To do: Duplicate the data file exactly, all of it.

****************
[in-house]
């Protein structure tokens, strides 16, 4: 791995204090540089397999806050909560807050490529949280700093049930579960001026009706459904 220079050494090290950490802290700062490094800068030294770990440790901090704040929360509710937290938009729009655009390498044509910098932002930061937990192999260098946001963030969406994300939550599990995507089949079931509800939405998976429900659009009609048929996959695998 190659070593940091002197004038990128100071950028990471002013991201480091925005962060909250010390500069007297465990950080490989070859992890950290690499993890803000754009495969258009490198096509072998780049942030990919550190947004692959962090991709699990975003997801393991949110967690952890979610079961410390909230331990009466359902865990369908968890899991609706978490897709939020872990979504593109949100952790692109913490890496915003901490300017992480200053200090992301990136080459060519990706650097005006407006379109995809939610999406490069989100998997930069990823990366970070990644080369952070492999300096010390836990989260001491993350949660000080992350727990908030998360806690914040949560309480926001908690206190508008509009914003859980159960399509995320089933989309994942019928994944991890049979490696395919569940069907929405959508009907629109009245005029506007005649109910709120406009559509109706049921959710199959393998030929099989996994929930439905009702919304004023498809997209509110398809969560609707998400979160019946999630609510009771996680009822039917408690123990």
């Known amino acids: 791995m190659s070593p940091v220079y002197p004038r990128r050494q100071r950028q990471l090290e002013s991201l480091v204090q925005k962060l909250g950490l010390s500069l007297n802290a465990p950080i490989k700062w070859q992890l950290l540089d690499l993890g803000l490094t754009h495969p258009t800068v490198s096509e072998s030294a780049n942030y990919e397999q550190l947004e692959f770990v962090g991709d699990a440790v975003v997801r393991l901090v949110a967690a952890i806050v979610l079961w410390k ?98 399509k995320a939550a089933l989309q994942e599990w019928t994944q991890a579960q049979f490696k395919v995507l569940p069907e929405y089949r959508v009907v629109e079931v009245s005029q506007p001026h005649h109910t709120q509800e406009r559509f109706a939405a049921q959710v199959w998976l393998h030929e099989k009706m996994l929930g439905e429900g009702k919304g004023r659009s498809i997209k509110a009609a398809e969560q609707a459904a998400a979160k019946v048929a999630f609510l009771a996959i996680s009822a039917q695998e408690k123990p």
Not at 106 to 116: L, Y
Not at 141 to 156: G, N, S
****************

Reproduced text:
[in-house]
């Protein structure tokens, strides 16, 4: 791995204090540089397999806050909560807050490529949280700093049930579960001026009706459904 220079050494090290950490802290700062490094800068030294770990440790901090704040929360509710937290938009729009655009390498044509910098932002930061937990192999260098946001963030969406994300939550599990995507089949079931509800939405998976429900659009009609048929996959695998 190659070593940091002197004038990128100071950028990471002013991201480091925005962060909250010390500069007297465990950080490989070859992890950290690499993890803000754009495969258009490198096509072998780049942030990919550190947004692959962090991709699990975003997801393991949110967690952890979610079961410390909230331990009466359902865990369908968890899991609706978490897709939020872990979504593109949100952790692109913490890496915003901490300017992480200053200090992301990136080459060519990706650097005006407006379109995809939610999406490069989100998997930069990823990366970070990644080369952070492999300096010390836990989260001491993350949660000080992350727990908030998360806690914040949560309480926001908690206190508008509009914003859980159960399509995320089933989309994942019928994944991890049979490696395919569940069907929405959508009907629109009245005029506007005649109910709120406009559509109706049921959710199959393998030929099989996994929930439905009702919304004023498809997209509110398809969560609707998400979160019946999630609510009771996680009822039917408690123990």
């Known amino acids: 791995m190659s070593p940091v220079y002197p004038r990128r050494q100071r950028q990471l090290e002013s991201l480091v204090q925005k962060l909250g950490l010390s500069l007297n802290a465990p950080i490989k700062w070859q992890l950290l540089d690499l993890g803000l490094t754009h495969p258009t800068v490198s096509e072998s030294a780049n942030y990919e397999q550190l947004e692959f770990v962090g991709d699990a440790v975003v997801r393991l901090v949110a967690a952890i806050v979610l079961w410390k ?98 399509k995320a939550a089933l989309q994942e599990w019928t994944q991890a579960q049979f490696k395919v995507l569940p069907e929405y089949r959508v009907v629109e079931v009245s005029q506007p001026h005649h109910t709120q509800e406009r559509f109706a939405a049921q959710v199959w998976l393998h030929e099989k009706m996994l929930g439905e429900g009702k919304g004023r659009s498809i997209k509110a009609a398809e969560q609707a459904a998400a979160k019946v048929a999630f609510l009771a996959i996680s009822a039917q695998e408690k123990p």
Not at 106 to 116: L, Y
Not at 141 to 156: G, N, S